Internet Shakespeare Editions

Author: William Shakespeare
Editor: Rosemary Gaby
Not Peer Reviewed

Henry IV, Part 2 (Quarto 1, 1600)

3325First my feare then my cursie, last my speech.
My feare, is your displeasure, my cursy, my duty, & my speech,
to beg your pardons: if you looke for a good speech now, you
vndo me, for what I haue to say is of mine owne making, and
what indeed (I should say) wil (I doubt) proue mine own mar-
3330ring: but to the purpose, and so to the venture. Be it knowne to
you, as it is very well, I was lately here in the end of a displea-
sing play, to pray your patience for it, and to promise you a bet-
ter: I meant indeed to pay you with this, which if like an il ven-
ture it come vnluckily home, I breake, and you my gentle cre-
3335ditors loose, here I promisde you I would be, and here I com-
mit my body to your mercies, bate me some, and I will pay you
some, and (as most debtors do) promise you infinitely: and so I
3336.1kneele downe before you; but indeed, to pray for the Queene.
If my tongue cannot intreate you to acquit mee, will you
commaund me to vse my legges? And yet that were but light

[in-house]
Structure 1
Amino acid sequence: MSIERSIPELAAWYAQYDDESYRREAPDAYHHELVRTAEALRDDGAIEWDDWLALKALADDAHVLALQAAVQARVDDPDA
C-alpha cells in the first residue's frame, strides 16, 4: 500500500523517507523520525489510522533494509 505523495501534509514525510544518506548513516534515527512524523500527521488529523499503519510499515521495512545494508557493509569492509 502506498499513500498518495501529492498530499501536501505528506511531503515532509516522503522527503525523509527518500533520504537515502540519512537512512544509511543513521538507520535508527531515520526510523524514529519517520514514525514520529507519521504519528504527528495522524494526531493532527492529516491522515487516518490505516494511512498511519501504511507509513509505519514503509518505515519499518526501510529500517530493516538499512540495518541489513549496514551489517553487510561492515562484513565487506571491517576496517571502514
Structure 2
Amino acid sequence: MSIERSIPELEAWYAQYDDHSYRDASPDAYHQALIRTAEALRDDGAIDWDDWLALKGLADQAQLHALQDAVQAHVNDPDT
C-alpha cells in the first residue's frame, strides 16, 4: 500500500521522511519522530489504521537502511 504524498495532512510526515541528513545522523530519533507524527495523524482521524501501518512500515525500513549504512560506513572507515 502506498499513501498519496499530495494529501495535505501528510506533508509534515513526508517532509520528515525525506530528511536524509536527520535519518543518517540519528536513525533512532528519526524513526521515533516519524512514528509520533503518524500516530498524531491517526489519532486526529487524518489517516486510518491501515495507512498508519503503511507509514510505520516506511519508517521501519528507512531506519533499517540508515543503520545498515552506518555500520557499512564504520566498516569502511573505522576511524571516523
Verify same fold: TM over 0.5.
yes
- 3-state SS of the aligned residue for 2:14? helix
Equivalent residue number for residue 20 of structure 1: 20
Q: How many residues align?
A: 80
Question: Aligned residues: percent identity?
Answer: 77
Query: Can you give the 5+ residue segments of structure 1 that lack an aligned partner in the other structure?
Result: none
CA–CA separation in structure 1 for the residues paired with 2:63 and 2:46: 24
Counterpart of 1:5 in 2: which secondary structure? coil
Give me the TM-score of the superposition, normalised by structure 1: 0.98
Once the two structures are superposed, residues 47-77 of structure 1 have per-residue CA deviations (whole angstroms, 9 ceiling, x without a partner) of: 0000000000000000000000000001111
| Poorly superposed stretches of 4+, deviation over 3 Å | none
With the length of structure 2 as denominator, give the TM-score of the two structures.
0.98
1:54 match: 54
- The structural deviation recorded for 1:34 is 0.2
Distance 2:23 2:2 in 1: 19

payment, to daunce out of your debt, but a good consci-
3340ence will make any possible satisfaction, and so woulde I: all
the Gentlewomen heere haue forgiuen me, if the Gentlemen
will not, then the Gentlemen doe not agree with the Gentle-
women, which was neuer seene in such an assemblie.
One word more I beseech you, if you bee not too much
cloyd with fatte meate, our humble Author will continue the
3345storie, with sir Iohn in it, and make you merry with faire Ka-
tharine of Fraunce, where (for any thing I knowe) Falstaffe
shall die of a sweat, vnlesse already a be killd with your harde
opinions; for Olde-castle died Martyre, and this is not the
man: my tongue is weary, when my legges are too, I wil bid
you, good night.